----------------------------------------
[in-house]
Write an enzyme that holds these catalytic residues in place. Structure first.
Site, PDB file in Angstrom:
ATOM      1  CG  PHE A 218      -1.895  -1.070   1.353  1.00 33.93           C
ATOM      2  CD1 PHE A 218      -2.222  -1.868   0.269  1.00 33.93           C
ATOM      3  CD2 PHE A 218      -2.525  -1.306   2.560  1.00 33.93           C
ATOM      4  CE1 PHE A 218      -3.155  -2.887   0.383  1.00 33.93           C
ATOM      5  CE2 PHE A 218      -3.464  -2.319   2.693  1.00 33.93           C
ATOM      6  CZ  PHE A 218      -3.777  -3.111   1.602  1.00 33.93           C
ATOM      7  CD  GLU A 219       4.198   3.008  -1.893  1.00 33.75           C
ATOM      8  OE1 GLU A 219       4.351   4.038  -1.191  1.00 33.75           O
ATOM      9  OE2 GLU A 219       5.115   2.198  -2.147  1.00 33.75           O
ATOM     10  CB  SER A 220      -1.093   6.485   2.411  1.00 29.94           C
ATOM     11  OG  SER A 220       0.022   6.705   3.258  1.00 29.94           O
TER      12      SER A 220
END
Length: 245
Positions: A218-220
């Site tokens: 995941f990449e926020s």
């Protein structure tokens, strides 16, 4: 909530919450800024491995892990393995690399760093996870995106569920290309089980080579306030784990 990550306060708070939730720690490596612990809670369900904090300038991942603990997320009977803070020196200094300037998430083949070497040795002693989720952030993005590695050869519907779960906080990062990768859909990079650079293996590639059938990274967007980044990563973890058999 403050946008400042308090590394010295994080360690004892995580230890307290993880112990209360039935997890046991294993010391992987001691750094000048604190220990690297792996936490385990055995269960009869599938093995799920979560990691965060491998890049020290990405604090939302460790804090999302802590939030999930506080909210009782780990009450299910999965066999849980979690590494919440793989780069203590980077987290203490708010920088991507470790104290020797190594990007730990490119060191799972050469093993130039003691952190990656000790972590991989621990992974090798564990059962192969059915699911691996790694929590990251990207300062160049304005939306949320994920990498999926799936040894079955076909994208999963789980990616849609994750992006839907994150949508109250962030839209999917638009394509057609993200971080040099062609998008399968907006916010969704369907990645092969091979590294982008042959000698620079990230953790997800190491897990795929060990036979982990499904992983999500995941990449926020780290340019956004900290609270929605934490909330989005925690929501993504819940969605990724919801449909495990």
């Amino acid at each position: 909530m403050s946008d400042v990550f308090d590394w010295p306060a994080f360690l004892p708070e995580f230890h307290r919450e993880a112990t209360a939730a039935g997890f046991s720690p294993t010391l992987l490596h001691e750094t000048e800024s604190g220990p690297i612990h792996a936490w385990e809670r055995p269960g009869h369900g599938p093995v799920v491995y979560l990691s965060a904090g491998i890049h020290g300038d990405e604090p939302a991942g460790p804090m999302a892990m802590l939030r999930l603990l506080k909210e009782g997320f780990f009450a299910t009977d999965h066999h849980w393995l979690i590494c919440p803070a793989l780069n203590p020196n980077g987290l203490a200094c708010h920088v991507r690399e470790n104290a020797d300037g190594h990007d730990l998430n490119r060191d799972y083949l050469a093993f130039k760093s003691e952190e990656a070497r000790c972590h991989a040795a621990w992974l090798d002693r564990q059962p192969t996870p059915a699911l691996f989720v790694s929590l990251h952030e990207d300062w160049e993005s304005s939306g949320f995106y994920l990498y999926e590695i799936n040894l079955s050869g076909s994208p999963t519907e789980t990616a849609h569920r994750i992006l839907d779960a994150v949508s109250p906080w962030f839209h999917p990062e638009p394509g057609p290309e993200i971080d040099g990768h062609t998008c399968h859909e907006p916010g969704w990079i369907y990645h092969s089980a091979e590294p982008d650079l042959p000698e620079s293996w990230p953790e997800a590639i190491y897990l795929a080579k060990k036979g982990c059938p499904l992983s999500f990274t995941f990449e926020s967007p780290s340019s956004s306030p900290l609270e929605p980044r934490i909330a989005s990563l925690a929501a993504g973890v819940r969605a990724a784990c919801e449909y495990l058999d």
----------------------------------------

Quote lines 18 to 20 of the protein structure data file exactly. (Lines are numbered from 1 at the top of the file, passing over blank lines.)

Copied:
Positions: A218-220
């Site tokens: 995941f990449e926020s």
């Protein structure tokens, strides 16, 4: 909530919450800024491995892990393995690399760093996870995106569920290309089980080579306030784990 990550306060708070939730720690490596612990809670369900904090300038991942603990997320009977803070020196200094300037998430083949070497040795002693989720952030993005590695050869519907779960906080990062990768859909990079650079293996590639059938990274967007980044990563973890058999 403050946008400042308090590394010295994080360690004892995580230890307290993880112990209360039935997890046991294993010391992987001691750094000048604190220990690297792996936490385990055995269960009869599938093995799920979560990691965060491998890049020290990405604090939302460790804090999302802590939030999930506080909210009782780990009450299910999965066999849980979690590494919440793989780069203590980077987290203490708010920088991507470790104290020797190594990007730990490119060191799972050469093993130039003691952190990656000790972590991989621990992974090798564990059962192969059915699911691996790694929590990251990207300062160049304005939306949320994920990498999926799936040894079955076909994208999963789980990616849609994750992006839907994150949508109250962030839209999917638009394509057609993200971080040099062609998008399968907006916010969704369907990645092969091979590294982008042959000698620079990230953790997800190491897990795929060990036979982990499904992983999500995941990449926020780290340019956004900290609270929605934490909330989005925690929501993504819940969605990724919801449909495990």